At the federal level, the fate of Medicaid is uncertain—President Donald Trump's proposed budget cuts have drawn fire and the GOP’s plan to repeal and replace the Affordable Care Act hasn’t received a warm welcome in the Senate, to say the least.
But at the state level, conservative governors are starting to rework Medicaid programs on their own.
In Wisconsin, Medicaid beneficiaries could face drug testing, work requirements and new premiums and copayments under a plan put forth by Republican Governor Scott Walker. Parts of that plan just got a green light from a state budget panel, the Wisconsin State Journal reported.
The panel scaled back the governor’s proposal by applying the work requirement to parents using food stamps in certain regions of the state between April 2019 and June 2020. It also said the requirements can’t be applied statewide without further evaluation.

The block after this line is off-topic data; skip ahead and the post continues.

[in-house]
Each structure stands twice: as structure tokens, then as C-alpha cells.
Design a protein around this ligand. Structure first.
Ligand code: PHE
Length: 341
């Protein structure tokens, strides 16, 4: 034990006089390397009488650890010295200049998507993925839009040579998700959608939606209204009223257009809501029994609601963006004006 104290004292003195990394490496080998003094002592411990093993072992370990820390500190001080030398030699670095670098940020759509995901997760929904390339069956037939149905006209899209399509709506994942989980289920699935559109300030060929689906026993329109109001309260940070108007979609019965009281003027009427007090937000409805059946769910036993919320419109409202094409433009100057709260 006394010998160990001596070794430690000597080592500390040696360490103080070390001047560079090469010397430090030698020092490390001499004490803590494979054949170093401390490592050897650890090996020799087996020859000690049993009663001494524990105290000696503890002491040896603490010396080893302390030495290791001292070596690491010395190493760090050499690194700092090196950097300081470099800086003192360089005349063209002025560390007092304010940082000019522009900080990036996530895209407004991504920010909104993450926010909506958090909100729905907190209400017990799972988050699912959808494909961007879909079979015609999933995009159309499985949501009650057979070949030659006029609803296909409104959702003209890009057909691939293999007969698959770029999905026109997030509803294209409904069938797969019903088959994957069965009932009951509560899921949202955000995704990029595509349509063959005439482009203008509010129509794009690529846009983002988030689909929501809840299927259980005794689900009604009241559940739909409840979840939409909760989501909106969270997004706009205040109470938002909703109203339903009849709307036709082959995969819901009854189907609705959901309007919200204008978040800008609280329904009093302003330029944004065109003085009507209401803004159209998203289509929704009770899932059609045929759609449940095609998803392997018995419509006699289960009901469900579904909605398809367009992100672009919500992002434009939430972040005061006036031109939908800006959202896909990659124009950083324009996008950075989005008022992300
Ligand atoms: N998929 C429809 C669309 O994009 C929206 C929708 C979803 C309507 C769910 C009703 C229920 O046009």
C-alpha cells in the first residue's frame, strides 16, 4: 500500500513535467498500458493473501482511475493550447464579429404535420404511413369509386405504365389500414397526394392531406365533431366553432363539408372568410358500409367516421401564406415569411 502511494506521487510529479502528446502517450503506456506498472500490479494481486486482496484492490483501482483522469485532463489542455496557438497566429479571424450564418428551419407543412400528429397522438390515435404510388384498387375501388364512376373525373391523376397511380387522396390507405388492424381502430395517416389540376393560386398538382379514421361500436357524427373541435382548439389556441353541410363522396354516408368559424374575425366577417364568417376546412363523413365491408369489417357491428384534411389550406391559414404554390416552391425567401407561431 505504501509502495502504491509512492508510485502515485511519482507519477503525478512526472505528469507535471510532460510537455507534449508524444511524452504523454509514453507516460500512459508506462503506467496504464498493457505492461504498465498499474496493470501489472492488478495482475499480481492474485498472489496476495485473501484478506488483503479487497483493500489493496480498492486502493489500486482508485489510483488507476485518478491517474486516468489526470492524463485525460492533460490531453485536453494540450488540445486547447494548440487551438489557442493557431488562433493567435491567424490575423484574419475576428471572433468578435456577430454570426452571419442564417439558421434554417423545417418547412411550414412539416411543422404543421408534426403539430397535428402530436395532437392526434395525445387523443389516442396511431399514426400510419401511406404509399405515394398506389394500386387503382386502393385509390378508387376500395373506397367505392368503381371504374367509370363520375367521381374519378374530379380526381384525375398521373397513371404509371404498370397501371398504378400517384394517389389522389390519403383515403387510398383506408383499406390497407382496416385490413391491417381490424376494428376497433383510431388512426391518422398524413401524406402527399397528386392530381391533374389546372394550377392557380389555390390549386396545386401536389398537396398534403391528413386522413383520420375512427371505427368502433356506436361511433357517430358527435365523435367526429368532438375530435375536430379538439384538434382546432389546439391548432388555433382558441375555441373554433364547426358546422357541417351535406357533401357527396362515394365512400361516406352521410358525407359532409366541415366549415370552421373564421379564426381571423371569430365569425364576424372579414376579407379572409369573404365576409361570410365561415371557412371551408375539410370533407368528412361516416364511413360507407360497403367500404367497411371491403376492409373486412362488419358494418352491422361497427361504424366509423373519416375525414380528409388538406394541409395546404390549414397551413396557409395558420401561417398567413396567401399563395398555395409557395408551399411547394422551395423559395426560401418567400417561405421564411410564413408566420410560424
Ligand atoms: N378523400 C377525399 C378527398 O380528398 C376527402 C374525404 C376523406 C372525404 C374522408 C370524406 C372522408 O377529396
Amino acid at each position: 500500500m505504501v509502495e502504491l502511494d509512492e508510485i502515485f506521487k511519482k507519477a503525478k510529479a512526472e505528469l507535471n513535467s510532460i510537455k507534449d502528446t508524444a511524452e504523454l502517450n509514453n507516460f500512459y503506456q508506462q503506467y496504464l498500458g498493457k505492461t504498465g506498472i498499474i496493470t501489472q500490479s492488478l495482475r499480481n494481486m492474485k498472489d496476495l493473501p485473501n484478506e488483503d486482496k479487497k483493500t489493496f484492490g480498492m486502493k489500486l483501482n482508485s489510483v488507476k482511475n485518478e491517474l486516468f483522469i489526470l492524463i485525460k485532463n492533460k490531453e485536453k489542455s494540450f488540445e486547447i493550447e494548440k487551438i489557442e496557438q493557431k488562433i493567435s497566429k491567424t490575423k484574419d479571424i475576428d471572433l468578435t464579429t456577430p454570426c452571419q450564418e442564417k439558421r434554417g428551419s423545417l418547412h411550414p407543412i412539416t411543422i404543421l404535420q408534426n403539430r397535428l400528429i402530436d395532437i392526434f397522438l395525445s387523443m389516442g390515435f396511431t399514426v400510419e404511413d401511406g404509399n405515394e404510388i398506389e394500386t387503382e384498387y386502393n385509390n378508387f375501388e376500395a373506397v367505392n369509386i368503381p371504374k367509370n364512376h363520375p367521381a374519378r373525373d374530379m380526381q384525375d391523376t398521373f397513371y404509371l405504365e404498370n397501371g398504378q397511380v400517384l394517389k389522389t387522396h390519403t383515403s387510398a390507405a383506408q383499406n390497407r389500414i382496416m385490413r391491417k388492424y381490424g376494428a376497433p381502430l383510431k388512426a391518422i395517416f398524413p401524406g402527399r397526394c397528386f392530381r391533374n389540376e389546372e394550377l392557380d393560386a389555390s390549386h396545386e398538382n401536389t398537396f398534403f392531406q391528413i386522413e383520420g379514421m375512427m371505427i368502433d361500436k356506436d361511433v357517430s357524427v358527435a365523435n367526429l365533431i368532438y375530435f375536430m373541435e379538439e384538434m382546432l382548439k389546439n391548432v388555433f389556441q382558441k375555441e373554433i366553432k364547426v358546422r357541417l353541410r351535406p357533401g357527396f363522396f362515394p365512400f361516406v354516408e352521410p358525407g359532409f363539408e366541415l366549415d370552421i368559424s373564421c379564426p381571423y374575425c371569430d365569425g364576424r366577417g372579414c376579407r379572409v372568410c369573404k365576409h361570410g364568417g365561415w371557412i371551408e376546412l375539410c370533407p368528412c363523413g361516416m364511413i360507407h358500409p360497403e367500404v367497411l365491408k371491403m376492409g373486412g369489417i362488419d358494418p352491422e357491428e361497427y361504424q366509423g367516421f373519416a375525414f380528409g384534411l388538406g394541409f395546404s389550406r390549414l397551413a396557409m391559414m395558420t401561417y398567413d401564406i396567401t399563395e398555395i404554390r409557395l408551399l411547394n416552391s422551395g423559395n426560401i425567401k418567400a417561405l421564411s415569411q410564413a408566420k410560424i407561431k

States across the nation, including Indiana, Arizona and Kentucky, are taking the Trump administration up on its challenge to redesign Medicaid programs. They’re poised to follow in Wisconsin’s footsteps with monthly premiums for people below the poverty line, time limits for coverage and fees for emergency room visits, The Washington Post reported.
All of the proposals require federal approval.
Robert Rector, a senior research fellow at the conservative Heritage Foundation, said aid to the poor should not be a one-way handout. Still, he told the Post, requiring work makes less sense for Medicaid than for food stamps, welfare or public housing programs.
“You really can’t deny medical care to a sick person,” he told the Post. “There is no feasible way to do that.”